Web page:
© 1988

Biological Contributions to Crime Causation

  • Terrie E. Moffitt
  • Sarnoff A. Mednick

Part of the NATO ASI Series book series (ASID, volume 40)

Table of contents

  1. Front Matter
    Pages I-XV
  2. Psychophysiological Contributions

    1. Front Matter
      Pages 1-1
    2. Peter H. Venables
      Pages 3-13
  3. Neuropsychological Contributions

    1. Front Matter
      Pages 53-53
    2. Israel Nachshon
      Pages 55-67
    3. Robert D. Hare, Sherrie E. Williamson, Timothy J. Harpur
      Pages 68-92
  4. Congenital Contributions

    1. Front Matter
      Pages 119-119
    2. Sarnoff A. Mednick, Elizabeth Kandel
      Pages 121-131
  5. Biochemical Contributions

  6. Psychopathology Contributions

    1. Front Matter
      Pages 159-159
    2. Sheilagh Hodgins, Michael von Grunau
      Pages 161-182
    3. Montserrat Goma, Jorge Perez, Rafael Torrubia
      Pages 211-222
    4. Antonio Convit, Judith Jaeger, Shang Pin Lin, Morris Meisner, David Brizer, Jan Volavka
      Pages 223-245

About this book


This book presents reviews of the literature and reports of new findings from research into biological correlates of criminal behavior. The chapters are revised versions of talks given by participants in an Advanced Study Institute sponsored by the North Atlantic Treaty Organization and held inCastelvecchio Pascoli in September, 1986. It is our second edited volume on biology and crime. The first book, The Causes of Cdme; New Biological Apwoaches, was published in 1987. In the preface to that book we described the regrettable hi. tory of the paeudobiological research into social problem. conducted by the Social Darwinists at the turn of the century. We requested that that unfortunate legacy not inhibit responsible and scientifically sound investigations of biological and psychological variables in criminology today. Evidence is mounting that showl that research limited to social and environmental vadables cannot explain the behavior of the minority of criminal offenders whose criminal careen begin in adolescence and develop into recidivistic and violent . . saults on society. Certainly these offenders are few, but epidemiological studies have found them to be responsible for an amount of crimes disproportionate to their small numbers. As few . . 5 % of males commit over 50% of criminal offenses. Intervention directed at these relatively few individuals could, if succes. ful, dramatically reduce our growing violent crime rate. The chapters in our earlier book showed that some biological variables do relate to this type of chronic offending.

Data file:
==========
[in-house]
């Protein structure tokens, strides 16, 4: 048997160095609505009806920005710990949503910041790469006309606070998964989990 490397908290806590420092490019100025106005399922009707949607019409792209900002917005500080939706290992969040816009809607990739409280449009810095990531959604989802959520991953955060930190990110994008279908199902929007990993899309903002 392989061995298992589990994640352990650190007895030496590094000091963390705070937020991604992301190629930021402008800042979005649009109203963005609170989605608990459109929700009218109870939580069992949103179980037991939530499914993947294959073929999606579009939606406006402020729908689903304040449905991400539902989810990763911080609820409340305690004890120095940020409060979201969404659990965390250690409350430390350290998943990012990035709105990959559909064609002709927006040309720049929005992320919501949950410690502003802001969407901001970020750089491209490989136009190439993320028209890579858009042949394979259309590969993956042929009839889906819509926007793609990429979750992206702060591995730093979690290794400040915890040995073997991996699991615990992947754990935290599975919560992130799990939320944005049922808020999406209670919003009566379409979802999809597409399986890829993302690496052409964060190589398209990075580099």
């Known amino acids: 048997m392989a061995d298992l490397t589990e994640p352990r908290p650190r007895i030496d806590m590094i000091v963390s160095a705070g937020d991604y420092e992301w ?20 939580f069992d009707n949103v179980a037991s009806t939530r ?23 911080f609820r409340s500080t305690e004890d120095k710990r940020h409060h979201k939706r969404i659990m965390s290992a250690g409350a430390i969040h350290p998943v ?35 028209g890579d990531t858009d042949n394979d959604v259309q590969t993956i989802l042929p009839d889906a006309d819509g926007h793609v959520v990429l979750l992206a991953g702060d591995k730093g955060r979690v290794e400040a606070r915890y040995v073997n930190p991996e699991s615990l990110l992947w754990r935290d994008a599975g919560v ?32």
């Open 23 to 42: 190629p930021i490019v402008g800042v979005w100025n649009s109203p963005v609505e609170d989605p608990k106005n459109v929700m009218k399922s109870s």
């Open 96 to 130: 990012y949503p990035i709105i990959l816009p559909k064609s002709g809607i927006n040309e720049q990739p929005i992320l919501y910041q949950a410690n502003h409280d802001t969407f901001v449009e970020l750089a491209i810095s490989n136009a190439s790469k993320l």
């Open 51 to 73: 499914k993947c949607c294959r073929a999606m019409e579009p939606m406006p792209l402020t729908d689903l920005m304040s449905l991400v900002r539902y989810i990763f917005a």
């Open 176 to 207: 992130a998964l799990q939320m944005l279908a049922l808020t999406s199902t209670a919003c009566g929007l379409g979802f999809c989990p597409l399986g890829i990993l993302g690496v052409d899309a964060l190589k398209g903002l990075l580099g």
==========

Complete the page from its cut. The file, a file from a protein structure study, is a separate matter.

aggression alcoholism behavior criminology depression electroencephalography (EEG) emotion evolution neuropsychology personality psychology psychopathology psychophysiology schizophrenia violence

Editors and affiliations

  • Terrie E. Moffitt
    • 1
  • Sarnoff A. Mednick
    • 2
  1. 1.Department of PsychologyUniversity of WisconsinMadisonUSA
  2. 2.Social Science Research Institute, and Department of PsychologyUniversity of Southern CaliforniaLos AngelesUSA

Bibliographic information

  • Book Title Biological Contributions to Crime Causation
  • Editors T.E. Moffitt
    Sarnoff A. Mednick
  • Series Title NATO ASI Series
  • DOI
  • Copyright Information Springer Science+Business Media B.V. 1988
  • Publisher Name Springer, Dordrecht
  • eBook Packages Springer Book Archive
  • Hardcover ISBN 978-90-247-3655-3
  • Softcover ISBN 978-94-010-7744-6
  • eBook ISBN 978-94-009-2768-1
  • Series ISSN 0258-123X
  • Edition Number 1
  • Number of Pages XVI, 332
  • Number of Illustrations 0 b/w illustrations, 0 illustrations in colour
  • Topics Psychology, general
  • Buy this book on publisher's site
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